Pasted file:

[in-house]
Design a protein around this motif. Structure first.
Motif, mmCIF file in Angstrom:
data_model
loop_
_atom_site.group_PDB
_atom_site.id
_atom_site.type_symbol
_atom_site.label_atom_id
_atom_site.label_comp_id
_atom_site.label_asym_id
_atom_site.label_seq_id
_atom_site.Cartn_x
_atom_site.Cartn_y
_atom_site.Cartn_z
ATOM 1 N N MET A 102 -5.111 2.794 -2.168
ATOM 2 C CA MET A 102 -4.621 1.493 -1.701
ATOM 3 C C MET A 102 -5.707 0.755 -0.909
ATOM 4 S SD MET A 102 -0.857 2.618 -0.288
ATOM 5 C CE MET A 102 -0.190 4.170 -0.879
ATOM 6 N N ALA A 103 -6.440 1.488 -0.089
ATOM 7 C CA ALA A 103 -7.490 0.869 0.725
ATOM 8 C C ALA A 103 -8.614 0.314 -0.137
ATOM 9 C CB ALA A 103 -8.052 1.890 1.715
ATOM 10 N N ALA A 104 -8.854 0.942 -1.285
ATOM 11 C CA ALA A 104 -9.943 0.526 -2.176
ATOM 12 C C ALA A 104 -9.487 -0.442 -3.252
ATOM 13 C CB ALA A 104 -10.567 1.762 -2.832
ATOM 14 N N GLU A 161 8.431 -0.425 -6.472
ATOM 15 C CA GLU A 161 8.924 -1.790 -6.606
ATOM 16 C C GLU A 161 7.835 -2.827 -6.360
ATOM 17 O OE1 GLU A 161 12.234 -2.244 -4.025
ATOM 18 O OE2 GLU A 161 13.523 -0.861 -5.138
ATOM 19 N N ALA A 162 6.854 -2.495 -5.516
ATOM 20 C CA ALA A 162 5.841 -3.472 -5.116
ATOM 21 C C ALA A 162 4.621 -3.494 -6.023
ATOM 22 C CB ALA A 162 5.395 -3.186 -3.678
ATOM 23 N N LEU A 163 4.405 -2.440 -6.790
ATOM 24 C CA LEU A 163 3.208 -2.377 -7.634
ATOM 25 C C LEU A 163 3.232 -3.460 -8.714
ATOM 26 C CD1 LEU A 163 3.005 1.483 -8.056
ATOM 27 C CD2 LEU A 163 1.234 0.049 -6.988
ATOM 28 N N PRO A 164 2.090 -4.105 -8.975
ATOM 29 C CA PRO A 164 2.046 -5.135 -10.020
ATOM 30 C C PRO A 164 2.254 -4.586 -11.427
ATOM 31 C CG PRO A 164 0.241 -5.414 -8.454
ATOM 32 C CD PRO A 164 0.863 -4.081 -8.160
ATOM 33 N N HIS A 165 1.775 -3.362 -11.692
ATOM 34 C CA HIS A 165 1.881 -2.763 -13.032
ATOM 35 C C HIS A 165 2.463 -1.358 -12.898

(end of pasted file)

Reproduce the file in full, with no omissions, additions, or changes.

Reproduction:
[in-house]
Design a protein around this motif. Structure first.
Motif, mmCIF file in Angstrom:
data_model
loop_
_atom_site.group_PDB
_atom_site.id
_atom_site.type_symbol
_atom_site.label_atom_id
_atom_site.label_comp_id
_atom_site.label_asym_id
_atom_site.label_seq_id
_atom_site.Cartn_x
_atom_site.Cartn_y
_atom_site.Cartn_z
ATOM 1 N N MET A 102 -5.111 2.794 -2.168
ATOM 2 C CA MET A 102 -4.621 1.493 -1.701
ATOM 3 C C MET A 102 -5.707 0.755 -0.909
ATOM 4 S SD MET A 102 -0.857 2.618 -0.288
ATOM 5 C CE MET A 102 -0.190 4.170 -0.879
ATOM 6 N N ALA A 103 -6.440 1.488 -0.089
ATOM 7 C CA ALA A 103 -7.490 0.869 0.725
ATOM 8 C C ALA A 103 -8.614 0.314 -0.137
ATOM 9 C CB ALA A 103 -8.052 1.890 1.715
ATOM 10 N N ALA A 104 -8.854 0.942 -1.285
ATOM 11 C CA ALA A 104 -9.943 0.526 -2.176
ATOM 12 C C ALA A 104 -9.487 -0.442 -3.252
ATOM 13 C CB ALA A 104 -10.567 1.762 -2.832
ATOM 14 N N GLU A 161 8.431 -0.425 -6.472
ATOM 15 C CA GLU A 161 8.924 -1.790 -6.606
ATOM 16 C C GLU A 161 7.835 -2.827 -6.360
ATOM 17 O OE1 GLU A 161 12.234 -2.244 -4.025
ATOM 18 O OE2 GLU A 161 13.523 -0.861 -5.138
ATOM 19 N N ALA A 162 6.854 -2.495 -5.516
ATOM 20 C CA ALA A 162 5.841 -3.472 -5.116
ATOM 21 C C ALA A 162 4.621 -3.494 -6.023
ATOM 22 C CB ALA A 162 5.395 -3.186 -3.678
ATOM 23 N N LEU A 163 4.405 -2.440 -6.790
ATOM 24 C CA LEU A 163 3.208 -2.377 -7.634
ATOM 25 C C LEU A 163 3.232 -3.460 -8.714
ATOM 26 C CD1 LEU A 163 3.005 1.483 -8.056
ATOM 27 C CD2 LEU A 163 1.234 0.049 -6.988
ATOM 28 N N PRO A 164 2.090 -4.105 -8.975
ATOM 29 C CA PRO A 164 2.046 -5.135 -10.020
ATOM 30 C C PRO A 164 2.254 -4.586 -11.427
ATOM 31 C CG PRO A 164 0.241 -5.414 -8.454
ATOM 32 C CD PRO A 164 0.863 -4.081 -8.160
ATOM 33 N N HIS A 165 1.775 -3.362 -11.692
ATOM 34 C CA HIS A 165 1.881 -2.763 -13.032
ATOM 35 C C HIS A 165 2.463 -1.358 -12.898